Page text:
The number of tourist trips taken per year is usually also related to the interest in travelling abroad: the more times one travels, the more often one travels abroad (at least half of the trips). It may come as a surprise, however, that among people declaring only one tourist trip per year, more than 90% declare that it is a trip abroad (see Figure 4).
What relationship can be observed between the number of tourist trips undertaken annually and the decision to travel in Poland?
The cross data in Table 1 indicate that among people who undertake 1 or 2 trips per year there are single cases of respondents who do not travel in Poland at all, but the majority of respondents undertake trips to visit friends and relatives – this reason is indicated both by people who travel very often (7 or more trips per year) and relatively rarely (2 or 3 trips per year). An important reason for tourist stay in Poland is the desire to spend time with the family – this reason is indicated in particular by the people who take 2, 3 or 4 trips per year, but also by those who take the greatest number of trips per year (7 and more).
Respondents most often decide to take domestic trips when they plan a short rest – it is understandable, because then the time and organizational costs connected with long trips simply do not pay off. Two thirds of the respondents in such a case will choose to stay in Poland, regardless of how many trips they take annually in total.
The decision to stay in one’s home country may also be related to the reluctance to travel by air, in particular due to burdensome airport check-ins, although only a few respondents indicated this as a reason. A slightly higher number of people pointed to the issue of safety, considering a holiday spent in one’s homecountry to be less risky than going abroad.
In each group of respondents – regardless of the declared number of tourist trips undertaken annually – a significant proportion of people emphasized that travelling in Poland is simply attractive (response ‘I like discovering Poland’). This is an important observation from the point of view of tourism organizers and agents who have been focusing for years mainly on the offers of trips abroad. However, if Poles travel in Poland, they usually organize trips on their own. The offer of package holidays rarely appeared in agency sales or on the websites of accommodation facilities that organize stays supplemented with various forms of entertainment for children, recreational, or sports attractions, workshops, plein-air painting or photography workshops, etc. Perhaps the pandemic period will slightly change the image of the Polish tourism market: local and regional tourist organisations have for years been ready to compose the so-called network tourist offers (packages that include the offer of various entities on the local market) – but tour operators were more willing to focus on high-margin foreign packages. Restrictions on international mobility related to the pandemic have forced a slightly greater interest in the offer of Polish tourism providers – professional package offer will probably have to wait, but the indications of respondents in Table 1 provide a strong argument that the organisation of tourist stays in Poland addressed to Poles can arouse interest.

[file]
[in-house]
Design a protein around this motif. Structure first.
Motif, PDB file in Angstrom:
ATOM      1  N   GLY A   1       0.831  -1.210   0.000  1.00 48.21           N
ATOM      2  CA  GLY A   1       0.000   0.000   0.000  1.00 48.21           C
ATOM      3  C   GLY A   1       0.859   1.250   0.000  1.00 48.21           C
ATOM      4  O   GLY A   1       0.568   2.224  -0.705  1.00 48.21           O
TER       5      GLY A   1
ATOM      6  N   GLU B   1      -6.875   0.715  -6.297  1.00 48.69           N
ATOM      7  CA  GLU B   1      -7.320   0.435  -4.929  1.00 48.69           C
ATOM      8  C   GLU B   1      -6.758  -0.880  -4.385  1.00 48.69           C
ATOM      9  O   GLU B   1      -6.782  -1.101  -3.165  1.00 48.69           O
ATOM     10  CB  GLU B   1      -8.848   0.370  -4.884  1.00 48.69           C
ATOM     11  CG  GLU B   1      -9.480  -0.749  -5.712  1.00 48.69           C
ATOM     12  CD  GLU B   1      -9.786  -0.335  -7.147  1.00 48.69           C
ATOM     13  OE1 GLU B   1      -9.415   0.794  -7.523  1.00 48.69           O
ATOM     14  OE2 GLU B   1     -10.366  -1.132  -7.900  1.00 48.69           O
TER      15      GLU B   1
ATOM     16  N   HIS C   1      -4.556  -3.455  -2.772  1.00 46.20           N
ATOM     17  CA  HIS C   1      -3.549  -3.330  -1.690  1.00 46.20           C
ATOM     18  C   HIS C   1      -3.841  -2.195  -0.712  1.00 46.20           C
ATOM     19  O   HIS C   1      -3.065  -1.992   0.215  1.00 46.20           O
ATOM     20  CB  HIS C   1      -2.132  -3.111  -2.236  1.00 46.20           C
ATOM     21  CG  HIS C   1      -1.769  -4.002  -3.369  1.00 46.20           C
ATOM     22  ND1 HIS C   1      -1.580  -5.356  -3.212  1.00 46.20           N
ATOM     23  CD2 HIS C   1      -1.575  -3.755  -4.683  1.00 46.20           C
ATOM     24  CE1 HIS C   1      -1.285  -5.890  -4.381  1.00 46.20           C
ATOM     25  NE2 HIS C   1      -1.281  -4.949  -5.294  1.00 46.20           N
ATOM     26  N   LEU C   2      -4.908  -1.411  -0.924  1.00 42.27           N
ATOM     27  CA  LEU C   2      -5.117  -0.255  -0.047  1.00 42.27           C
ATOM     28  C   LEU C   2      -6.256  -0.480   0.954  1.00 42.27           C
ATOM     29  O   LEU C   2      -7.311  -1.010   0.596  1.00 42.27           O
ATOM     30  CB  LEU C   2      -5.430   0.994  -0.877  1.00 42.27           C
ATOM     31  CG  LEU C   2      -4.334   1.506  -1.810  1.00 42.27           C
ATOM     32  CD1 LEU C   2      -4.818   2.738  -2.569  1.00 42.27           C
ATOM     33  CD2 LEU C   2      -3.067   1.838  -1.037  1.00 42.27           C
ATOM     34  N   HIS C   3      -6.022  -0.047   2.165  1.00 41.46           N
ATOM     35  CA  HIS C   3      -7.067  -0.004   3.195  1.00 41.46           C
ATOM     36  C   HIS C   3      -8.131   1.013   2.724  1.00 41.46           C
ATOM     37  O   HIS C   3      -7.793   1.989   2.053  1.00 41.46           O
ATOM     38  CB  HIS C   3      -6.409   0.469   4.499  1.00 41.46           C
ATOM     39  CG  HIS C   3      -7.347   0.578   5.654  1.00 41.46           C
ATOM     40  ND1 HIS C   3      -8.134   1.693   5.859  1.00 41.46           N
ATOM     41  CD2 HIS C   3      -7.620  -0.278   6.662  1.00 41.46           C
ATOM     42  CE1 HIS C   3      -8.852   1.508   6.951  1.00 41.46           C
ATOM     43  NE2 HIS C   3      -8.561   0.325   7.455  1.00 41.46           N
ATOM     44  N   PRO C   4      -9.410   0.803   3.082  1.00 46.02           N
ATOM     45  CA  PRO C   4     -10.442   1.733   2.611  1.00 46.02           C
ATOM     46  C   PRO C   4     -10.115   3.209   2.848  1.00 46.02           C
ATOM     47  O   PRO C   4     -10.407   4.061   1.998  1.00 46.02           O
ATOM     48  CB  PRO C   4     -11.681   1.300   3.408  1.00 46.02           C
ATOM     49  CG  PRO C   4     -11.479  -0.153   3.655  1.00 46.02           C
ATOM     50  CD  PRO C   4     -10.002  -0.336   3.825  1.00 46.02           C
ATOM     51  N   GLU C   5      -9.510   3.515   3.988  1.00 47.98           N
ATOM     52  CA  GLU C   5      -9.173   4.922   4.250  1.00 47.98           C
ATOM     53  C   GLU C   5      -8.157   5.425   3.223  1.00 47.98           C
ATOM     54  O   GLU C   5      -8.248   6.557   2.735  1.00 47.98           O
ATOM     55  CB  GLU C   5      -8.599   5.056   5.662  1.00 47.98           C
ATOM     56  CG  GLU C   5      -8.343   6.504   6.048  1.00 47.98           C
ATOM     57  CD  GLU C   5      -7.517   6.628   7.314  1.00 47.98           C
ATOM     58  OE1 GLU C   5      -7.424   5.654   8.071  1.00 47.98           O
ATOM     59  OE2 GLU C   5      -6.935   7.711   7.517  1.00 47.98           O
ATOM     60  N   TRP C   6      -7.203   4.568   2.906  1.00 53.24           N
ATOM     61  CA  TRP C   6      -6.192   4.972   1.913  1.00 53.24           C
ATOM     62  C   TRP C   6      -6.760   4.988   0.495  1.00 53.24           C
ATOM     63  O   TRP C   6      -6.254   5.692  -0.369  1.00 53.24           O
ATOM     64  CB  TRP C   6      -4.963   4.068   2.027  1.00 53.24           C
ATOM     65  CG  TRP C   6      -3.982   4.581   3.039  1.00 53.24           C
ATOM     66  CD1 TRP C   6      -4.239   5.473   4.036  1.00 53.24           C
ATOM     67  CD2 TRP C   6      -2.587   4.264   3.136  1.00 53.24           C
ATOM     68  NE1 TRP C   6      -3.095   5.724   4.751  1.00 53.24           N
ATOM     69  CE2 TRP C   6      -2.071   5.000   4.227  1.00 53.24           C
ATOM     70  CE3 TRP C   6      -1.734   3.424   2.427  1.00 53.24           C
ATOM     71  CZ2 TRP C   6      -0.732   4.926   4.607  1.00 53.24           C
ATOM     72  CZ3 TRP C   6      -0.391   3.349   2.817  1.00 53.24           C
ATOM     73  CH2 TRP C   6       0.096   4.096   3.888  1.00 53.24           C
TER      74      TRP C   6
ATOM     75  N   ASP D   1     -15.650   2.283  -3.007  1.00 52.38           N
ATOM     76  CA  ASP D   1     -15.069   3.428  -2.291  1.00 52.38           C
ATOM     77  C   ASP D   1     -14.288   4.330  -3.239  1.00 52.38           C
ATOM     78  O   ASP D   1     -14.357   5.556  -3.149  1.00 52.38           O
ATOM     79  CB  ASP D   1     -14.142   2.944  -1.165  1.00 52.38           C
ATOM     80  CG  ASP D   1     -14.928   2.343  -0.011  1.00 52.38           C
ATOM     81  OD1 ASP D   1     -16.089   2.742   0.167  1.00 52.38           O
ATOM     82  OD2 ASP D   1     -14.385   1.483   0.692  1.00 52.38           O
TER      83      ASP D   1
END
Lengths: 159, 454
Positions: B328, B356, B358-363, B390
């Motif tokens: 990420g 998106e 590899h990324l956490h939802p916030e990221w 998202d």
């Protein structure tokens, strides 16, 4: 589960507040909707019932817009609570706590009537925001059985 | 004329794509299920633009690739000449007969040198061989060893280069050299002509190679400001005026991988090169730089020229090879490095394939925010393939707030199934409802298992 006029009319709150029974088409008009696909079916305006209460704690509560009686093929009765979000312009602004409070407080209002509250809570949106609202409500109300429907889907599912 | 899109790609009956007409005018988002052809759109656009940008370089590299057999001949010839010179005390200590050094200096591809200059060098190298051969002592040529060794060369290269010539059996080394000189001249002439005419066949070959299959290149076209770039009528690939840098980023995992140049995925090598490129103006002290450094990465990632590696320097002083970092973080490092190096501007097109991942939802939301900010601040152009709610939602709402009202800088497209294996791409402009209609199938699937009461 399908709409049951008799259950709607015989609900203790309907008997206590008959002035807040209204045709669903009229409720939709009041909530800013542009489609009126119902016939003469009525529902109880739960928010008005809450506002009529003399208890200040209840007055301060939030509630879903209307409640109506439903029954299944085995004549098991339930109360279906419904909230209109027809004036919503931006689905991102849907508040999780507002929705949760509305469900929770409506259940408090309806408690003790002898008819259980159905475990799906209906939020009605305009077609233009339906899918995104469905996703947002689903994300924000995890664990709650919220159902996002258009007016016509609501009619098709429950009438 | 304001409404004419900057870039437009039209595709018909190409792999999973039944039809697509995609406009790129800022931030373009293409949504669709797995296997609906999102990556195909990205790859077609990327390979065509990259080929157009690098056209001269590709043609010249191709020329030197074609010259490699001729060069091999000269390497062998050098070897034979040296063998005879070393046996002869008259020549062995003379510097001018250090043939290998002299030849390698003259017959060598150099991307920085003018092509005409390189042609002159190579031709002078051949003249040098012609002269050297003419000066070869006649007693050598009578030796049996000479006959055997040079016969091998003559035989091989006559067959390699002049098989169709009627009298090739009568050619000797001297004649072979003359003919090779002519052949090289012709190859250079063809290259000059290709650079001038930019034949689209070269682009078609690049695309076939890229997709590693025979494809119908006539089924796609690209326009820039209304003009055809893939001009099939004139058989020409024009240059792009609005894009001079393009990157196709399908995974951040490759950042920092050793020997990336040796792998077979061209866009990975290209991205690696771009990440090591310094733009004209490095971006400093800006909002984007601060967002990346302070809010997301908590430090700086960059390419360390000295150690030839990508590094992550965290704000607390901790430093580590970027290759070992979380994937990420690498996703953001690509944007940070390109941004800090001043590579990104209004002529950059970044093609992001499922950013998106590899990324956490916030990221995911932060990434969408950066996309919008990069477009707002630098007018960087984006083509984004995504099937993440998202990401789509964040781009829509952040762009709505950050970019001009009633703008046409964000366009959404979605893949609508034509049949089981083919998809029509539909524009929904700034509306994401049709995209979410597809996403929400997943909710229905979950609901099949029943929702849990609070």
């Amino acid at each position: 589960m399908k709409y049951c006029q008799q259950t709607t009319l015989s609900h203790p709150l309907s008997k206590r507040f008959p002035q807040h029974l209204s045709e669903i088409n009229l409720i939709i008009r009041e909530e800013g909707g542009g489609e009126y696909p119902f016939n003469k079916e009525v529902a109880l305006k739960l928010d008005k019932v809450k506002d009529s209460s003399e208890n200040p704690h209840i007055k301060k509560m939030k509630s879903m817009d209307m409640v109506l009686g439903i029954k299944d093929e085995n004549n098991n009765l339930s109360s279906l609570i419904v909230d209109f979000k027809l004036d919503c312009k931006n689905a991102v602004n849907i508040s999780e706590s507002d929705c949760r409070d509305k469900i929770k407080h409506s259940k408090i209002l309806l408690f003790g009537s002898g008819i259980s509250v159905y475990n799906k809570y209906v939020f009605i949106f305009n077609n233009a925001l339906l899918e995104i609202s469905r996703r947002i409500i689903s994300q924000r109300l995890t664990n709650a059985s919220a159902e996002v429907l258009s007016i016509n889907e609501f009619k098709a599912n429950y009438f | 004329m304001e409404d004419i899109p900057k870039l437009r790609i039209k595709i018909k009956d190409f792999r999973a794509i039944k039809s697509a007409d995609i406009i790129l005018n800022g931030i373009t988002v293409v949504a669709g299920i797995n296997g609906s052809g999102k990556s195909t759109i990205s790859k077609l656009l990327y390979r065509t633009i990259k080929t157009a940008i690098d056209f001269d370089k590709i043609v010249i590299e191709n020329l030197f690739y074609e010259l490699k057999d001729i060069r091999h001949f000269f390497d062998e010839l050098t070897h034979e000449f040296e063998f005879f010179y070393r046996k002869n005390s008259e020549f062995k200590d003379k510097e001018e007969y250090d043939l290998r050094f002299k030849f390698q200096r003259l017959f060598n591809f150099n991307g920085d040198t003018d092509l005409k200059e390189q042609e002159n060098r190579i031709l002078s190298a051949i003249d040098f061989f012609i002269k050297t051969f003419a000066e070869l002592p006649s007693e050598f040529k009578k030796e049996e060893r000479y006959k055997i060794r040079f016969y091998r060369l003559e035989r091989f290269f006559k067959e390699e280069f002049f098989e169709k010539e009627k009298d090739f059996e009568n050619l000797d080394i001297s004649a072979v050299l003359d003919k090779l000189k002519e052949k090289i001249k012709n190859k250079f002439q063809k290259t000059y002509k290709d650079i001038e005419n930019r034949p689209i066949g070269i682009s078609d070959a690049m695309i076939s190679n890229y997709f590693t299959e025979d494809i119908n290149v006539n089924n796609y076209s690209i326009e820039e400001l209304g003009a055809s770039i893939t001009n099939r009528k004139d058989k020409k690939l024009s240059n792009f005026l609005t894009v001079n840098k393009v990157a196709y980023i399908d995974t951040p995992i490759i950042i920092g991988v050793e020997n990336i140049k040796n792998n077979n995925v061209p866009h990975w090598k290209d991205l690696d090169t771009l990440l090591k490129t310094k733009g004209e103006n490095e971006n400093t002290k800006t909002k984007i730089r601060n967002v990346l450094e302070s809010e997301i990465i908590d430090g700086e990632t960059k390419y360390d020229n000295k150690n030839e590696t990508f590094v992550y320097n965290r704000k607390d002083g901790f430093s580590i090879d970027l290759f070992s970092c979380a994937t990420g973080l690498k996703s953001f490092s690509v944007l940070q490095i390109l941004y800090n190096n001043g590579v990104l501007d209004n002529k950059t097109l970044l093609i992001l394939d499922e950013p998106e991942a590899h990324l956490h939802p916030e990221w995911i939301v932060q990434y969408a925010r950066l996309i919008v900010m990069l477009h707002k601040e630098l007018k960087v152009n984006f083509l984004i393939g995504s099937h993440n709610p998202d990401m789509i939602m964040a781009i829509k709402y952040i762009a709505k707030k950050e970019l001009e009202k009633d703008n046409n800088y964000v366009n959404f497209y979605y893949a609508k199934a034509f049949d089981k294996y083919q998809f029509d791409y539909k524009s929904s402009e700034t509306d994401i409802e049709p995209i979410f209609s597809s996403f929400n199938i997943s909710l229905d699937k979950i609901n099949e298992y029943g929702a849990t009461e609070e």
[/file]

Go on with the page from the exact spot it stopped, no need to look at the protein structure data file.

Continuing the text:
As mentioned in the introduction, the level of tourism expenditure depends not only on the number of trips taken annually, but also on their length. Therefore, in the following parts of the analysis we will take a closer look at the length and purpose of Poles’ travels.
We encourage you to read the rest of the articles in this series:
- Part 1: Profile of the respondents.
- Part 2: How often do tourists travel during the year?
- Part 3: Do we like long holiday stays in Poland?
- Part 4: Poles travelling abroad part 1.
- Part 5: Poles travelling abroad part 2.
- Part 6: How far in advance do we plan tourist trips?
- Part 7: How far in advance do we plan tourist trips? – the income factor.
- Part 8: Flexibility in holiday travel planning.
- Part 9: Frequency of travel versus flexibility in travel planning.
- Part 10: Gender versus flexibility in travel planning.